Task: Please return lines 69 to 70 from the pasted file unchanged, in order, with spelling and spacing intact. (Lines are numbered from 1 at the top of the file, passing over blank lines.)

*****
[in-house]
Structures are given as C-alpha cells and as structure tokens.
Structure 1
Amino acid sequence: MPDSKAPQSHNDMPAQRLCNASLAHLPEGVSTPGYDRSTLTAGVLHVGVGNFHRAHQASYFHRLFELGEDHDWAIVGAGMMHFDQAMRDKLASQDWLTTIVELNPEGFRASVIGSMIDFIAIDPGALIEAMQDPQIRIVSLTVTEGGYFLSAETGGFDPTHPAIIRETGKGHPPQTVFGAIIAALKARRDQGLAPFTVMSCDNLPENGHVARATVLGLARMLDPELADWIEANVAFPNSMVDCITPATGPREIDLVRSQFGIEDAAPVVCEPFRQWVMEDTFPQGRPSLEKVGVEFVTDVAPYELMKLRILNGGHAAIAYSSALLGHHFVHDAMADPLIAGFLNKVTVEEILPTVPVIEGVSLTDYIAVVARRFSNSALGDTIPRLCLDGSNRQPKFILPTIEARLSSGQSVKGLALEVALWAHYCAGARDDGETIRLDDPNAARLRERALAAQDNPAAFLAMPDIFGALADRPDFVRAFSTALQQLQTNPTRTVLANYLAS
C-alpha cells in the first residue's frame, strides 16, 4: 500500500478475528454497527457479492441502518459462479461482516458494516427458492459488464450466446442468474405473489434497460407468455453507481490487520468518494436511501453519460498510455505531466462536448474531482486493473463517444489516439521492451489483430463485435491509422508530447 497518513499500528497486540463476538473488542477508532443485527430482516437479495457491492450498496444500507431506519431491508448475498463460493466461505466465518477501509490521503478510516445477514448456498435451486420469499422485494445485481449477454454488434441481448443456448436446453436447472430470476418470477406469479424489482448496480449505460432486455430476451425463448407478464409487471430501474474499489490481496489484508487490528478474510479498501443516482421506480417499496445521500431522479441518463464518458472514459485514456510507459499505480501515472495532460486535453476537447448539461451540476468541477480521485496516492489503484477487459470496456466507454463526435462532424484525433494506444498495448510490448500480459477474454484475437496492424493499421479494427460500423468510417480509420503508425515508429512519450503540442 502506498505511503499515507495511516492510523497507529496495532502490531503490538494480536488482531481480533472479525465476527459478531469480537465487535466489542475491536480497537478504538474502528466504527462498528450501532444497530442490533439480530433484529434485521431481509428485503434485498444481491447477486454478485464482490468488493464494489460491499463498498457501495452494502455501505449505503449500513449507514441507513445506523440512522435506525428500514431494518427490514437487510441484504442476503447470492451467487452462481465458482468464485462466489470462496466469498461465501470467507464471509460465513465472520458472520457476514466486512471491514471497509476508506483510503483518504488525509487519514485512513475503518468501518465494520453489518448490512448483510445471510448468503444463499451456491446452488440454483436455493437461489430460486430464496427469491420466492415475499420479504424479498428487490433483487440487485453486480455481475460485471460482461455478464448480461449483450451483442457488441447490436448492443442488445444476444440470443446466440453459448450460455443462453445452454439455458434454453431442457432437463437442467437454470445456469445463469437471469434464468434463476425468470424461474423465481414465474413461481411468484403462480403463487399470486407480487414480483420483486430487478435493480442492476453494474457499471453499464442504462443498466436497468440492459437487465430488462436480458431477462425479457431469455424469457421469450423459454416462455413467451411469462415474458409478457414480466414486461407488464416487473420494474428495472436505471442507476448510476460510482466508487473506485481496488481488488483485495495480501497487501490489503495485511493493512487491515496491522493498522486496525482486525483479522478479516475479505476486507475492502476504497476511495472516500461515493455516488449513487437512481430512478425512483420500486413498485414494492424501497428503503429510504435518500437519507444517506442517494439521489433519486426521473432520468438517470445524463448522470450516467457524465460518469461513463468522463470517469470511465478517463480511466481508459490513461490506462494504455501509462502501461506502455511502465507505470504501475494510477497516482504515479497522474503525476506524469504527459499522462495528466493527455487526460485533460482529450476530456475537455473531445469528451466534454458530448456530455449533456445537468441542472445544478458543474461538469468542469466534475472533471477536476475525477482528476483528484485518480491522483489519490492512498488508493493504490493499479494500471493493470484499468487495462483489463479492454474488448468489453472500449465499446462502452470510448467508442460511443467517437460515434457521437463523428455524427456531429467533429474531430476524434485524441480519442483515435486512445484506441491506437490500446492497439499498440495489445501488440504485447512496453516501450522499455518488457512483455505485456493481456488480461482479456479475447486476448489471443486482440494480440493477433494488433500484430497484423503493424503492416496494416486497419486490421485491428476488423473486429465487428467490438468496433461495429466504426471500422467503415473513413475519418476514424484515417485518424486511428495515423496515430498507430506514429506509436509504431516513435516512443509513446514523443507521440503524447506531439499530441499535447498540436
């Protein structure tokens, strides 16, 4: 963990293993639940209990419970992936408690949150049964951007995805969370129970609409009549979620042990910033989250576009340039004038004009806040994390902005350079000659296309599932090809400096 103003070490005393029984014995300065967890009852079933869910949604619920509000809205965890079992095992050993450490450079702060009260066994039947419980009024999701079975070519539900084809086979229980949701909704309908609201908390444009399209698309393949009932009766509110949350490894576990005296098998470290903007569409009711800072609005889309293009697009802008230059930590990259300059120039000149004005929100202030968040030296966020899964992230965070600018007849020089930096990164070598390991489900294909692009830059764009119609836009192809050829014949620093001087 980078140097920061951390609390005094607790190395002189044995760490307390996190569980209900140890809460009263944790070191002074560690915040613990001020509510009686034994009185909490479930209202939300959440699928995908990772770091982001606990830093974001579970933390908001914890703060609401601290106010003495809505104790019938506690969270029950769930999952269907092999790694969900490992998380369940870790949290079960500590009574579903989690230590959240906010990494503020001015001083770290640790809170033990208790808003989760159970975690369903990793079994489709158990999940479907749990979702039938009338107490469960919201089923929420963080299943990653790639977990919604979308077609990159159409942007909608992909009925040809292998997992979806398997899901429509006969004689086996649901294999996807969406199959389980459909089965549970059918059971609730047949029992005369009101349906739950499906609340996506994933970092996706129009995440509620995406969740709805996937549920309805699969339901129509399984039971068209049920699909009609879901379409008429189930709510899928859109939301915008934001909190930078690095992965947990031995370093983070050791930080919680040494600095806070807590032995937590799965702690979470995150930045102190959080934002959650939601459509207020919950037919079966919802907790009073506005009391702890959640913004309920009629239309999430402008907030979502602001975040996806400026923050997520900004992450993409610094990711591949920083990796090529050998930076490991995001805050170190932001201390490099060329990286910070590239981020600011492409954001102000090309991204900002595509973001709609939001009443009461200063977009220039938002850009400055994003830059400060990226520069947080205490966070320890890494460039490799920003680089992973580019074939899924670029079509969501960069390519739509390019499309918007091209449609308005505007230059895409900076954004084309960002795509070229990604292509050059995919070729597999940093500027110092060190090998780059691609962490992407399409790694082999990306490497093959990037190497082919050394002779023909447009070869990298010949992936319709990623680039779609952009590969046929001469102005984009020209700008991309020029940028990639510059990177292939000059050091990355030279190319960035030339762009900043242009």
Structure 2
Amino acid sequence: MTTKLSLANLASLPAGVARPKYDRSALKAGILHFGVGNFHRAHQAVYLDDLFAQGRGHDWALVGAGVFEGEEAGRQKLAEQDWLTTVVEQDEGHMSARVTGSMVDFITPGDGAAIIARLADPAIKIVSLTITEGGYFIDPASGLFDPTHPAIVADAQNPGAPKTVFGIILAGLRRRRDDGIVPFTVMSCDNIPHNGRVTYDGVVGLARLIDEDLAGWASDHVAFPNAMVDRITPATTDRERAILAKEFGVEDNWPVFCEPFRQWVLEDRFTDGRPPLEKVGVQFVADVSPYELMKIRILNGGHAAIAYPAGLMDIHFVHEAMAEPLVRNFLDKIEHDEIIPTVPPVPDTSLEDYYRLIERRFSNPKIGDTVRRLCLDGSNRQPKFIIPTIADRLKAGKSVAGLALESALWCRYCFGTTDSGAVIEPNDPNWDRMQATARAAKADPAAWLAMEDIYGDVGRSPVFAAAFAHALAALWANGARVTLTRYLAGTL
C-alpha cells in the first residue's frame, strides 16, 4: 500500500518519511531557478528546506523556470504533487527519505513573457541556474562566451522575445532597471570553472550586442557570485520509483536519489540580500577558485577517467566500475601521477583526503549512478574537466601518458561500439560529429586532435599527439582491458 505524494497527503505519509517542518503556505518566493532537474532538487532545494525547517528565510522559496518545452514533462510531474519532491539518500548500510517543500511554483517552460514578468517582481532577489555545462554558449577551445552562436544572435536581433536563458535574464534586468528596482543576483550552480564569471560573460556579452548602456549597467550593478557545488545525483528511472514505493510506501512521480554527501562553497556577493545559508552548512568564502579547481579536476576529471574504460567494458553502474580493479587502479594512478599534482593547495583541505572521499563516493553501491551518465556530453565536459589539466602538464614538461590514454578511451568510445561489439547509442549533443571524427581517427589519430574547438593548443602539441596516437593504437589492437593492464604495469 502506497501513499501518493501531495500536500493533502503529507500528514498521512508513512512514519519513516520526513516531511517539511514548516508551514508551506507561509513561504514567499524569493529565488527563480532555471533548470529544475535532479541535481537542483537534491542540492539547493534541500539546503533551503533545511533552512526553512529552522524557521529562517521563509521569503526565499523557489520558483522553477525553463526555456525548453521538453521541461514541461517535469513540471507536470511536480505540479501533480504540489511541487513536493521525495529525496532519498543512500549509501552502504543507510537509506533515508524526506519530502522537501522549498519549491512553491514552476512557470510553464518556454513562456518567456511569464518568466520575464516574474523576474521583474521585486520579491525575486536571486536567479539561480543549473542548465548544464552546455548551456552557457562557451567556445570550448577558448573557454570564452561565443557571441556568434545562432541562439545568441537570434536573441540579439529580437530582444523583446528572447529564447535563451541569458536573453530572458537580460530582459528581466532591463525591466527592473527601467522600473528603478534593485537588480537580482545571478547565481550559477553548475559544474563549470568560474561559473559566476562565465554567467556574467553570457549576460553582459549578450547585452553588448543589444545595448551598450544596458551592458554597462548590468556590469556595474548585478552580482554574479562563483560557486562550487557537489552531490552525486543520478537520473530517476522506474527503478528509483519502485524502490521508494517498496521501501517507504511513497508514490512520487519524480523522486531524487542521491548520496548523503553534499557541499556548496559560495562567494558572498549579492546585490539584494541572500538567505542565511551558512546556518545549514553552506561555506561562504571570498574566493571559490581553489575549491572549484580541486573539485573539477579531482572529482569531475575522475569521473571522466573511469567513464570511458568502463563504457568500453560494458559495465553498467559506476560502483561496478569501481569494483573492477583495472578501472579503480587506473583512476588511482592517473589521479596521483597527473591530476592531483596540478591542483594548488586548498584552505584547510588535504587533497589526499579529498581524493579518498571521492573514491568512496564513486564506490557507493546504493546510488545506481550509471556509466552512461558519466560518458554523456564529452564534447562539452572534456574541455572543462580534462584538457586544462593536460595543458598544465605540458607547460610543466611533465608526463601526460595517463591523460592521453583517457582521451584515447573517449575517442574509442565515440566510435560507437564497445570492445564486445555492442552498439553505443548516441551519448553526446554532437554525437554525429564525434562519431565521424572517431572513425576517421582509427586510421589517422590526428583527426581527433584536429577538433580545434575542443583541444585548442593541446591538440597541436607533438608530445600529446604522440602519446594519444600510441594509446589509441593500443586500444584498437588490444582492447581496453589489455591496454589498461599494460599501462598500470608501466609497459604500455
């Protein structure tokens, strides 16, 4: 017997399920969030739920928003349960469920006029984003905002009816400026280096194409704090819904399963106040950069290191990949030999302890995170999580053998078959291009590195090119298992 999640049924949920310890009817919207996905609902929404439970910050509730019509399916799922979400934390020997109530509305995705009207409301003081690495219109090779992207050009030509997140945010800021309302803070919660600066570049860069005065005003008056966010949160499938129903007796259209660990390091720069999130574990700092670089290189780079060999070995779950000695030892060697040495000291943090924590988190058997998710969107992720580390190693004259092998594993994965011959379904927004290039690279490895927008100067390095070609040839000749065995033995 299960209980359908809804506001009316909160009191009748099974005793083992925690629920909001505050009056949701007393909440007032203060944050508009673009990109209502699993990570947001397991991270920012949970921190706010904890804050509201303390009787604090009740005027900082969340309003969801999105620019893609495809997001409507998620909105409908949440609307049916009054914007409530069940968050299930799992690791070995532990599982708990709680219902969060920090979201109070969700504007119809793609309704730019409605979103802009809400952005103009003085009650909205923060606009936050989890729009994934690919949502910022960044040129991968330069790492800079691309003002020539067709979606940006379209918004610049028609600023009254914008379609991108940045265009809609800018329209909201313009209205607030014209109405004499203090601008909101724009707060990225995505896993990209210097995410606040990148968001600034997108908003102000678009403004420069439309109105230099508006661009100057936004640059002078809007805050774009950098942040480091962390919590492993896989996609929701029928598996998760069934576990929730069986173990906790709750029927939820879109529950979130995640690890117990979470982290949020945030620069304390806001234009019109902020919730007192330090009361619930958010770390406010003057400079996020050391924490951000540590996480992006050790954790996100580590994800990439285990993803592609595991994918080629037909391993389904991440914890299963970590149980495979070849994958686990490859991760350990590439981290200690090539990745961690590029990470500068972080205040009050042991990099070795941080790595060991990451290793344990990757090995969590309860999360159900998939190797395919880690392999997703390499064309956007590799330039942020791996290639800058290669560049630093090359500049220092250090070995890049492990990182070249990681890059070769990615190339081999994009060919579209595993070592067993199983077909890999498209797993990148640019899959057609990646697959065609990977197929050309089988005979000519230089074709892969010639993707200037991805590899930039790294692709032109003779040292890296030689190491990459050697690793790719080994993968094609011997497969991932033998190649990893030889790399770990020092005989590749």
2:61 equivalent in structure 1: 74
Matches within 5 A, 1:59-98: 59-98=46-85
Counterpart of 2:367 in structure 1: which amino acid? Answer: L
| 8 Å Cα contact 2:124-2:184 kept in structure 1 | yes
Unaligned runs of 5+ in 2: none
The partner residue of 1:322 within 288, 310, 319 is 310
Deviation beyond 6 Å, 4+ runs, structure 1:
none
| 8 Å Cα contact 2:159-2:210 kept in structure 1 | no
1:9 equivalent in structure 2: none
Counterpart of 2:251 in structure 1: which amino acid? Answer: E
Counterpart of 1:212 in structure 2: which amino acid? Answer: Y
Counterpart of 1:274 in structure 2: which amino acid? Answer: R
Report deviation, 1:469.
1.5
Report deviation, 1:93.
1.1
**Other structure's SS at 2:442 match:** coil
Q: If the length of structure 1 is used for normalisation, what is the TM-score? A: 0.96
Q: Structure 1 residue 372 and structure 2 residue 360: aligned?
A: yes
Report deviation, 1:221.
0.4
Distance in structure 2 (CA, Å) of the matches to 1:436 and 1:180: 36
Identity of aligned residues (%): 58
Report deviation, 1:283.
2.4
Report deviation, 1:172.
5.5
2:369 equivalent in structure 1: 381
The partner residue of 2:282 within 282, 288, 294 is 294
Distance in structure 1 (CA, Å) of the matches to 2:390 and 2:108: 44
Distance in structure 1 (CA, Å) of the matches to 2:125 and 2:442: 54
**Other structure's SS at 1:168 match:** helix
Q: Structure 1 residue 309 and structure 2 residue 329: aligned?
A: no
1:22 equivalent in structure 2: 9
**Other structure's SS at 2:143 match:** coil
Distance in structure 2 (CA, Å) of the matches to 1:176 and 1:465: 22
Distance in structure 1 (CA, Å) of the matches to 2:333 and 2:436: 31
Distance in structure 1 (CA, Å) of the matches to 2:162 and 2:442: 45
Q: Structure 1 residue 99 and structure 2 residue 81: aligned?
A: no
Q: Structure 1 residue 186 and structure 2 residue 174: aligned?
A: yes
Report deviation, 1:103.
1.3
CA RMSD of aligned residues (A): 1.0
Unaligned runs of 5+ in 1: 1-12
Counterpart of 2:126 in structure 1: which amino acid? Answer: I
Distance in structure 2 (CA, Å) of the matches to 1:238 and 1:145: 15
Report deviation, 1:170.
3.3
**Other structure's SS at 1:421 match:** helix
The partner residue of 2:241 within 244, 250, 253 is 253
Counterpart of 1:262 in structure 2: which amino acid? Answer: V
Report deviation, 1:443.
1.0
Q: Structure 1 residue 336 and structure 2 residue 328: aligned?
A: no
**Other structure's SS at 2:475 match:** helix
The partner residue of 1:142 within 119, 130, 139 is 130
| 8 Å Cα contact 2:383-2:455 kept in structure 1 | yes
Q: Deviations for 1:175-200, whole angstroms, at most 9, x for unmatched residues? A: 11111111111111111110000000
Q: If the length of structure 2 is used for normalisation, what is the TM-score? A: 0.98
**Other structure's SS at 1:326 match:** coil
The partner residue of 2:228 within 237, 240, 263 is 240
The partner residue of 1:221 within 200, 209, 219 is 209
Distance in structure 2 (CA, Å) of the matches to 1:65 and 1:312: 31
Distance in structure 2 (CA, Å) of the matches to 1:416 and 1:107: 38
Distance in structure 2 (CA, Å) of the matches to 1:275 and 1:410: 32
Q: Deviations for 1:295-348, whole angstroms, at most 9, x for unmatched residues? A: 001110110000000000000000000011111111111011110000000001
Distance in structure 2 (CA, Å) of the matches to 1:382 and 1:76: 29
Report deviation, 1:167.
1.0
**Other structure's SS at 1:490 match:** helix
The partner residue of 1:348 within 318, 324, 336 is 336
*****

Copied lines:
Q: Structure 1 residue 336 and structure 2 residue 328: aligned?
A: no